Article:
Perhaps the strangest thing about the story that President Donald Trump has expressed interest in using nuclear bombs to stop hurricanes was that it didn't seem all that strange. Almost no one thought to ask "Can you believe it?" because almost everyone automatically did, while simultaneously acknowledging that in reality, no such intervention would be tried.
So instead of sustained incredulity, there were jokes, and a few #WellActuallys, and eventually Trump himself declared that the story was fake news. But for the most part, the story, first reported by Axios, came and went with the daily tides of Twitter conversation. Trump wants to deploy nuclear weapons to stop summer storms? Wild stuff! 2019, right? Moving on.
One way to understand this is as a basically healthy reaction to the brainfarts of a particularly brainfart-prone president, one who thinks out loud—or online—and who indulges a variety of odd obsessions that rarely become actual policy. Both in public and in private, Trump has a habit of floating half-baked bad ideas that are unlikely to ever be implemented. For many people, constantly worrying about the small chance that they one day might happen is simply too exhausting to keep up.
Yet in another way, the nuke-the-hurricanes episode was a reminder of the ways Trump's erratic personal behavior has led to a widespread acceptance of presidential ideas that are not only kooky but dangerous, or at least rather risky, even if those ideas are nearly certain to remain unimplemented.
Take, for example, Trump's declaration last week that American companies "are hereby ordered to immediately start looking for an alternative to China." This was a presidential "order" that also wasn't obviously an order in any official sense; it came with no proposed timeline, no potential penalties, and no legally enforceable procedure to back it up. And yet both White House aides and Trump himself nonetheless argued that it could become one if the president were so inclined.
In theory, the argument went, Trump could use the International Emergency Economic Powers Act (IEEPA) of 1977 to declare a state of emergency, expanding the powers granted to the executive, potentially giving him the authority to order U.S. businesses to cease operations in China. Experts disagree about whether the IEEPA could plausibly justify such an order. But it's fair to say that using it in the way Trump has suggested would be clearly unprecedented and arguably abusive, and that it would almost certainly end up in court.
Still, it is at least possible to imagine a scenario in which Trump finds legal cover for such an order. The result, in turn, would be vast and unpredictable economic consequences for both the American economy and the international order, as two economic superpowers turned a series of economic skirmishes into an all-out economic war. It's hard to say exactly how it would play out, but as one manufacturer told The New York Times last week, a mandatory exit of U.S. businesses from China "could cause a global depression, not recession."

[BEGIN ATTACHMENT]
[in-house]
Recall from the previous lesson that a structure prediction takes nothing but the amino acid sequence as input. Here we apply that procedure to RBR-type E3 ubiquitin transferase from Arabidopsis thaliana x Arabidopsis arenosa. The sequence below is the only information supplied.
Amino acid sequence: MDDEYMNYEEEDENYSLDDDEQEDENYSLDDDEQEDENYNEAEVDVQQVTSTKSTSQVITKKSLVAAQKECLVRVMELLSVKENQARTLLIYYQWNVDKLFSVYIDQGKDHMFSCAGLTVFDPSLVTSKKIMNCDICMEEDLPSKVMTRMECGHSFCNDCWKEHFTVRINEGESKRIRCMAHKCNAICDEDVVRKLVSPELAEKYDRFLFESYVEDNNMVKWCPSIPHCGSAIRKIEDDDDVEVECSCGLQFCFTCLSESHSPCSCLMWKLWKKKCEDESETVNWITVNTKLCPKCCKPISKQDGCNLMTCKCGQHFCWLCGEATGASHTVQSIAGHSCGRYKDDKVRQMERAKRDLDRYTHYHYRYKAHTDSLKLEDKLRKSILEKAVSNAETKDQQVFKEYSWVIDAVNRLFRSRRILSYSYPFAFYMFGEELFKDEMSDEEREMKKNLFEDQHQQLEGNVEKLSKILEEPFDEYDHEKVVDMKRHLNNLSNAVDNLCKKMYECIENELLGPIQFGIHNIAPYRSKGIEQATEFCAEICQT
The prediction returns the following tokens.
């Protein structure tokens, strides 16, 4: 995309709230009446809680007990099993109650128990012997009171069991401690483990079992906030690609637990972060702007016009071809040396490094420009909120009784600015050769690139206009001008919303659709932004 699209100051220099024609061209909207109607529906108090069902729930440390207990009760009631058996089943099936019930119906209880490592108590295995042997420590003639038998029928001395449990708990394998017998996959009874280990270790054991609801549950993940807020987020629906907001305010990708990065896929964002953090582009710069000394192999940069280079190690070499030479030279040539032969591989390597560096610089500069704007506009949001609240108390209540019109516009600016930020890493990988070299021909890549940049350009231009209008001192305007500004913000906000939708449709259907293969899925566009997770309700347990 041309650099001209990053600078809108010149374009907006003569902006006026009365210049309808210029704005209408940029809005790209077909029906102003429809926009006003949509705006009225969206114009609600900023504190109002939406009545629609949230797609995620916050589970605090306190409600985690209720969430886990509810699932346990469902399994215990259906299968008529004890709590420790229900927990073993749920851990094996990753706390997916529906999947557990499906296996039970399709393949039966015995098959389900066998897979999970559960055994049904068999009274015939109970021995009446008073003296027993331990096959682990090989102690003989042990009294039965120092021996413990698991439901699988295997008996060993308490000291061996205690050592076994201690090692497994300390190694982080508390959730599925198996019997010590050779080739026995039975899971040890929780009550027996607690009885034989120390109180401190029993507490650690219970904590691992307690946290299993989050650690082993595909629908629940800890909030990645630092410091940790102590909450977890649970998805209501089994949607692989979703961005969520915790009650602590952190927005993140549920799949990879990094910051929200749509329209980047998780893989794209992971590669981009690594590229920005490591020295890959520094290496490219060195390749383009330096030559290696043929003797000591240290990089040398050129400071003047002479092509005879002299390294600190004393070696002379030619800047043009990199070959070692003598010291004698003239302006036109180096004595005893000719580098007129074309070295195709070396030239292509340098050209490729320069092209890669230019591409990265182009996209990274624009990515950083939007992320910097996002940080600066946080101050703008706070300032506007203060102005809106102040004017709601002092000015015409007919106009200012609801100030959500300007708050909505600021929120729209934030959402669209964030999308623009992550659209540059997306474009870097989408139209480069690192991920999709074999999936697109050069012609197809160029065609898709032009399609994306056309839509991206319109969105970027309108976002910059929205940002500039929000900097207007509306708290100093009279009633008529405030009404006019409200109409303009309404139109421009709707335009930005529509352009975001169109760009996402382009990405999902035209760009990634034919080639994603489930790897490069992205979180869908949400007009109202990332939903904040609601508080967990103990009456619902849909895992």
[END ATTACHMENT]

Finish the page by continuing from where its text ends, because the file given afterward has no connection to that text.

Yet just as most people reasonably assume that Trump probably won't try using nuclear weapons to manage bad weather, few, I suspect, worry that he would ever really try to compel American businesses to fully cut economic ties with another country. It's an idle threat made by a president with a penchant for bluster, and no more—and thus about as easy to ignore as the idea of deploying a nuclear deterrent against a hurricane.
Or at least that's what we hope, because the problem with Trump is that it's almost impossible to ever be fully certain that he won't eventually pursue his wilder ideas, to be confident that he won't one day pick up his phone and tweet out an order to pull out of China's economy that is an actual order, backed up by the force and power of the federal government. This is especially true when it comes to trade and immigration, where Trump has proven willing to act in ways that predecessors of both parties probably would have avoided.
The result is generalized political and economic instability, and a pervasive precariousness to American life. This helps feed more exotic, conspiracy-adjacent theories about Trump himself. And over time, it may well take a serious toll on the American economy. Indeed, some economic consequences are already being felt. Trump's announcement of tariff hikes last week, combined with his threats against both China and the U.S. Federal Reserve, rattled already jittery markets, sending stocks to their fourth weekly loss in a row.
The point isn't merely that Trump shouldn't be playing weatherman with the world's biggest nuclear arsenal (although he shouldn't), or that tariffs and trade wars are bad news for the economy (although they are). It's that Trump's mercurial behavior, and the lingering possibility that he might try to follow through on one of his more eccentric ideas, exacts a regular low-level toll on our fortunes. He is a constant source of economic and political uncertainty. And that uncertainty, even in the absence of actual action, is bad enough. It makes it harder for businesses to plan future operations, harder for ordinary Americans to plan their retirements, and harder for America's allies on the international stage to work together.
So no, Trump probably won't nuke a hurricane, and no, he probably won't force American companies to stop operating in China, just as he didn't ever completely close the border with Mexico, despite his threat to do so. Which means that no, you probably shouldn't spend too much time worrying about the possibility that he might do any of these things, or whatever harebrained idea he tweets out tomorrow. But there's a lot riding on all those "probably"s, and on the slim-but-real chance that one day a he-probably-won't will somehow become an actually-he-did. And that alone is cause enough for concern.